Person-centred care in a digital hospital: observations and perspectives from a specialist rehabilitation setting
L Burridge, M Foster, R Jones, T Geraghty, S Atresh
Objective: This study investigated use of electronic medical records (eMRs) in a spinal cord injury rehabilitation unit and the implications for person-centred care.
Methods: This exploratory mixed-methods study conducted 17.5 hours of observations of practitioner–patient encounters, 50 patient-experience surveys and 10 focus groups with 53 practitioners. Descriptive statistics and qualitative analysis were integrated into key themes.
Results: Practitioners in this specialised setting were reconciling the emergent challenges of eMR in practice with the advantages of improved accessibility and documentation legibility. eMR increased task complexity and information retrieval, particularly for nurses. Some documentation was an uneasy fit with the specialised setting, disrupting informal communications and aspects of person-centred care.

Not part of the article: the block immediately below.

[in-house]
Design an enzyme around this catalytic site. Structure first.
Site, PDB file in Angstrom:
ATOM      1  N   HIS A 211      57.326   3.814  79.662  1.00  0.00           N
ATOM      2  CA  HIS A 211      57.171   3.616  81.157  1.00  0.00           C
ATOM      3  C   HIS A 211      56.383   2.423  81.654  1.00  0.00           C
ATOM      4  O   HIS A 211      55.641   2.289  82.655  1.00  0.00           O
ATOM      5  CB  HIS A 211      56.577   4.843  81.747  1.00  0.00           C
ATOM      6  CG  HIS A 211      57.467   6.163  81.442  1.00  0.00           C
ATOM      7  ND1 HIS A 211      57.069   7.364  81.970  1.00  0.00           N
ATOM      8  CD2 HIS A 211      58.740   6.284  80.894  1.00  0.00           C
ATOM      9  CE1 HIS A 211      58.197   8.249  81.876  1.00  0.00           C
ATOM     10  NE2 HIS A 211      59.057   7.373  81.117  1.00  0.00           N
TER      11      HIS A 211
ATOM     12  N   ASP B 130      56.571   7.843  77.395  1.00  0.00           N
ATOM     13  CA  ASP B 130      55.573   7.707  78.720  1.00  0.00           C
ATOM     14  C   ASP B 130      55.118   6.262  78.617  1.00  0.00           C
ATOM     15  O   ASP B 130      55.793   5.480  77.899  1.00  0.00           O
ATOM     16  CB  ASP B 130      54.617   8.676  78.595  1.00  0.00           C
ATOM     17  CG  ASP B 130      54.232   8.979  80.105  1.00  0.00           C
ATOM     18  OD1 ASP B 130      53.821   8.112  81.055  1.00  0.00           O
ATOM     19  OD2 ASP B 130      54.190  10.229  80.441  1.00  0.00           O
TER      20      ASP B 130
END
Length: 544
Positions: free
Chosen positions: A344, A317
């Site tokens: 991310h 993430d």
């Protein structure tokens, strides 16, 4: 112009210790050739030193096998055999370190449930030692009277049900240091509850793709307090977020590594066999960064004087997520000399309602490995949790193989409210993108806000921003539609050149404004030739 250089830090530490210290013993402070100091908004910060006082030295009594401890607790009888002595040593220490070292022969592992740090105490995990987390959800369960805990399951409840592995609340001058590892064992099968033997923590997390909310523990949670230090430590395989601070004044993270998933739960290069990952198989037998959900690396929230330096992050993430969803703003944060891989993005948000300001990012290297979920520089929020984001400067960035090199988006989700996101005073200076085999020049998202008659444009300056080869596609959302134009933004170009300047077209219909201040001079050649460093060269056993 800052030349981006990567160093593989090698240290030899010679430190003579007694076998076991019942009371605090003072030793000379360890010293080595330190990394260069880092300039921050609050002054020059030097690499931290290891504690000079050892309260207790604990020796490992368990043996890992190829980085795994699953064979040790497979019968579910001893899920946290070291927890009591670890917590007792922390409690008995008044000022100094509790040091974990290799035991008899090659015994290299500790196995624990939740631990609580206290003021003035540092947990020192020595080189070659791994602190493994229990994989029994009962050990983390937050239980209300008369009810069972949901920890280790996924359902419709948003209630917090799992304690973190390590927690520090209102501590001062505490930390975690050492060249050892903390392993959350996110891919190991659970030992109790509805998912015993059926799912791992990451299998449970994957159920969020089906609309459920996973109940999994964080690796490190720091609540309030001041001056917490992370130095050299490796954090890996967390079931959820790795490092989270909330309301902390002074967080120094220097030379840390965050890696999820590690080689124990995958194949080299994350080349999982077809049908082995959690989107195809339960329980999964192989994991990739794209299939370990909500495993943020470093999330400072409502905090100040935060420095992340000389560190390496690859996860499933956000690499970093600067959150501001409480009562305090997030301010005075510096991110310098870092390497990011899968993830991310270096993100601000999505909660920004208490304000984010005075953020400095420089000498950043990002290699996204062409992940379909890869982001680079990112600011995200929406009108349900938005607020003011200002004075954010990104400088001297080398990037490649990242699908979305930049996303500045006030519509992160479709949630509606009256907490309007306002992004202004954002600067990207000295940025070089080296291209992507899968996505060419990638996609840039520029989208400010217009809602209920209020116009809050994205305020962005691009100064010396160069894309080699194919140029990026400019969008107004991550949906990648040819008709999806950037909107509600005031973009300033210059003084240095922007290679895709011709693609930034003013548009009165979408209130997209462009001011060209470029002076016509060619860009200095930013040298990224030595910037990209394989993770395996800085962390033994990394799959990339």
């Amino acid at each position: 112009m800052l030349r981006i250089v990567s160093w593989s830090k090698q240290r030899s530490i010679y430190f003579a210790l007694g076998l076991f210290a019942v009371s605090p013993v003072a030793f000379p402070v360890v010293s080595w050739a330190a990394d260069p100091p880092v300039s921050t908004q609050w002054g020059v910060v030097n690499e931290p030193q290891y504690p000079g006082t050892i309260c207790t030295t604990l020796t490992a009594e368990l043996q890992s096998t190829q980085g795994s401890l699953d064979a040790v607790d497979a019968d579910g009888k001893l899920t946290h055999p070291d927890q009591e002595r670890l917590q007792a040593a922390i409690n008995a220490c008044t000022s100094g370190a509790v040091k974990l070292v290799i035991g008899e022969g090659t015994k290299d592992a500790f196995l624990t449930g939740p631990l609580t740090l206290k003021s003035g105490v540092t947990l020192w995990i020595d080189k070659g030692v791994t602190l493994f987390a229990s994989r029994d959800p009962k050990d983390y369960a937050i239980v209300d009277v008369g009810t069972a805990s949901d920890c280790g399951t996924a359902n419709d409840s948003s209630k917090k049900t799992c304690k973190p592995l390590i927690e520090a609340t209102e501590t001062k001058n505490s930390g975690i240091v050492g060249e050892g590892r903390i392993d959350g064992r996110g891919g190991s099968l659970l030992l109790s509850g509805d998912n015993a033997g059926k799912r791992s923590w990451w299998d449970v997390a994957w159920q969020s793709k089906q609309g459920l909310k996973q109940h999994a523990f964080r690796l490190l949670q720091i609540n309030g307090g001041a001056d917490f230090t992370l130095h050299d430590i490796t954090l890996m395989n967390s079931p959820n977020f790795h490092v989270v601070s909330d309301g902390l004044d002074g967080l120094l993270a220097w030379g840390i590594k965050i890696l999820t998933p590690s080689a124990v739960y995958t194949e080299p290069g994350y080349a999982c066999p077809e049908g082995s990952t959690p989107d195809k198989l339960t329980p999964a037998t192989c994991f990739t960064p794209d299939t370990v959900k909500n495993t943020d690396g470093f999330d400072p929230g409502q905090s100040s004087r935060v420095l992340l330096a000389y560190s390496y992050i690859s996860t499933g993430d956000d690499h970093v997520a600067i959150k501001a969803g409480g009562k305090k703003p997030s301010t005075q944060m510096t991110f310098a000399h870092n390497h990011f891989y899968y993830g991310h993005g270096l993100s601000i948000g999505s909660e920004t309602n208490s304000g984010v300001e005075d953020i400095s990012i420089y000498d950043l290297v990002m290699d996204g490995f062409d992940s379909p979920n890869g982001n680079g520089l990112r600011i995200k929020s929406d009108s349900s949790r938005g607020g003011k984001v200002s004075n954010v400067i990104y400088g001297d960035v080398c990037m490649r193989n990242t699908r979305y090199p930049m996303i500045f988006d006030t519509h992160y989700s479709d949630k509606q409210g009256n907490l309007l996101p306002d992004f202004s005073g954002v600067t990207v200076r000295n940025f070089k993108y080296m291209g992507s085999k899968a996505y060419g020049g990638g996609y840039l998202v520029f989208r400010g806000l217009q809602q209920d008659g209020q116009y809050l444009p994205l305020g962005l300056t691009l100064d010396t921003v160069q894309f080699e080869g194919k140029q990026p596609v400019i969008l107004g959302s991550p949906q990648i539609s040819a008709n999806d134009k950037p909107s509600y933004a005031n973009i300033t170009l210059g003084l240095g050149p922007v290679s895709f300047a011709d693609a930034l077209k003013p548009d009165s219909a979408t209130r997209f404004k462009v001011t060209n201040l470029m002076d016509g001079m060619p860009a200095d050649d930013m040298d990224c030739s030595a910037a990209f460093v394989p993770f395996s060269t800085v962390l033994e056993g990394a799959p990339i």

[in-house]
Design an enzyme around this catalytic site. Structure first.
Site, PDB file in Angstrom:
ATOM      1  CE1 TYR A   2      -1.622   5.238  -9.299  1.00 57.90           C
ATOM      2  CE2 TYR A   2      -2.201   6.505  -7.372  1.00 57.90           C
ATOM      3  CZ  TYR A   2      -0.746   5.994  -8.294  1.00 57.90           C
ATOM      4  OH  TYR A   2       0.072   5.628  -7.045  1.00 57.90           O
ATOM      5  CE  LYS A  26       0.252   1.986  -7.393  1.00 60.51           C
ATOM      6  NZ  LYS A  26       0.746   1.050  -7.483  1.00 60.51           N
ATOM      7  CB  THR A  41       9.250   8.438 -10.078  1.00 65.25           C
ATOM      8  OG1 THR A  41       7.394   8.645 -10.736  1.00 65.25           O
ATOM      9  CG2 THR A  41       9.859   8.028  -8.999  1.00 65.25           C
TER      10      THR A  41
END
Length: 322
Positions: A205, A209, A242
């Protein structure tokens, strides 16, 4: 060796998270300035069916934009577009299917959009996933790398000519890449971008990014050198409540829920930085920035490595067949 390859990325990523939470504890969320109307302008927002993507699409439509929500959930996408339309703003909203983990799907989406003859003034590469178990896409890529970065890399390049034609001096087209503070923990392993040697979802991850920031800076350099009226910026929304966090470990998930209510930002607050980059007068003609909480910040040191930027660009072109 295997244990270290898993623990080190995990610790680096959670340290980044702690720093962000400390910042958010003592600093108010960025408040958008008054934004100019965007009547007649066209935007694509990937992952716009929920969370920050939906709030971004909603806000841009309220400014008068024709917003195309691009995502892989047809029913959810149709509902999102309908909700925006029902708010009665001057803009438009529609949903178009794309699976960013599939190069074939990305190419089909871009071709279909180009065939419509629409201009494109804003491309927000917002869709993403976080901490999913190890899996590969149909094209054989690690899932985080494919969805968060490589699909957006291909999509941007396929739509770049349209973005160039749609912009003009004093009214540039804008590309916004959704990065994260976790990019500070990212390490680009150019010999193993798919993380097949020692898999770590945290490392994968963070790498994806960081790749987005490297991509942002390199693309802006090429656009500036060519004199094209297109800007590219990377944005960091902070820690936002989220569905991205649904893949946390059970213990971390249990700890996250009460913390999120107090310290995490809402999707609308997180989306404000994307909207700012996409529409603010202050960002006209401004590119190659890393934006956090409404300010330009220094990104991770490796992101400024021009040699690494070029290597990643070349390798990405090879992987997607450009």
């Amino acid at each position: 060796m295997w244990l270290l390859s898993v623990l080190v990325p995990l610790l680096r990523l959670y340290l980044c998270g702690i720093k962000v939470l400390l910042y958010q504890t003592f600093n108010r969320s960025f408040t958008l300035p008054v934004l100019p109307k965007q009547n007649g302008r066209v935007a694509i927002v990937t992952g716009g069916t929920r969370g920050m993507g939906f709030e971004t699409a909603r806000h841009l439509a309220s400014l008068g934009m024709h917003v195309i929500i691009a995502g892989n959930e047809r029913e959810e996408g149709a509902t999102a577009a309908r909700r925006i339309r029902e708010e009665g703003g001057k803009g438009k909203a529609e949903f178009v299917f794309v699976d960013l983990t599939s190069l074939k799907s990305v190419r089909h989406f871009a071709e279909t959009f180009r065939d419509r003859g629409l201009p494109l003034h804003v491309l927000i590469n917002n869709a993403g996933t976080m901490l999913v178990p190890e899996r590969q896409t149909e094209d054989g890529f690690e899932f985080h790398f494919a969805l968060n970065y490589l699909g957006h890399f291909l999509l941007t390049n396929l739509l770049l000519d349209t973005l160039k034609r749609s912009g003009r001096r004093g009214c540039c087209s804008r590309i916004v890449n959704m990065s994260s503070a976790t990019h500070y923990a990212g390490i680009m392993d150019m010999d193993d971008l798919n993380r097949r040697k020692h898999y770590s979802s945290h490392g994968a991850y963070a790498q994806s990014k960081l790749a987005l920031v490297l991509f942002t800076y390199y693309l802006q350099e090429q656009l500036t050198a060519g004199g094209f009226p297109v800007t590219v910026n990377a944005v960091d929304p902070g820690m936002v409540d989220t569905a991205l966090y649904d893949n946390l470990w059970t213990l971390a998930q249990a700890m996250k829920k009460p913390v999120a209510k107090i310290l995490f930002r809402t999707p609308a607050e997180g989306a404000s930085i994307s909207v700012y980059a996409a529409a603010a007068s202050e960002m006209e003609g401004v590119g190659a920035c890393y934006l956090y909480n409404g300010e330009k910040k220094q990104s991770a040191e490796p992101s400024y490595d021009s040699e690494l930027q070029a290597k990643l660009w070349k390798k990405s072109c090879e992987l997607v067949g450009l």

Conclusions: Technological change closely aligned with frontline practice brought expected and unexpected challenges that may resolve over time. Practitioners’ persistence and adaptability demonstrated their commitment to person-centred care in the digital environment. The impact of this less visible work of professional discretion seemed to vary, primarily by discipline-specific roles, with nurses experiencing the greatest pressure.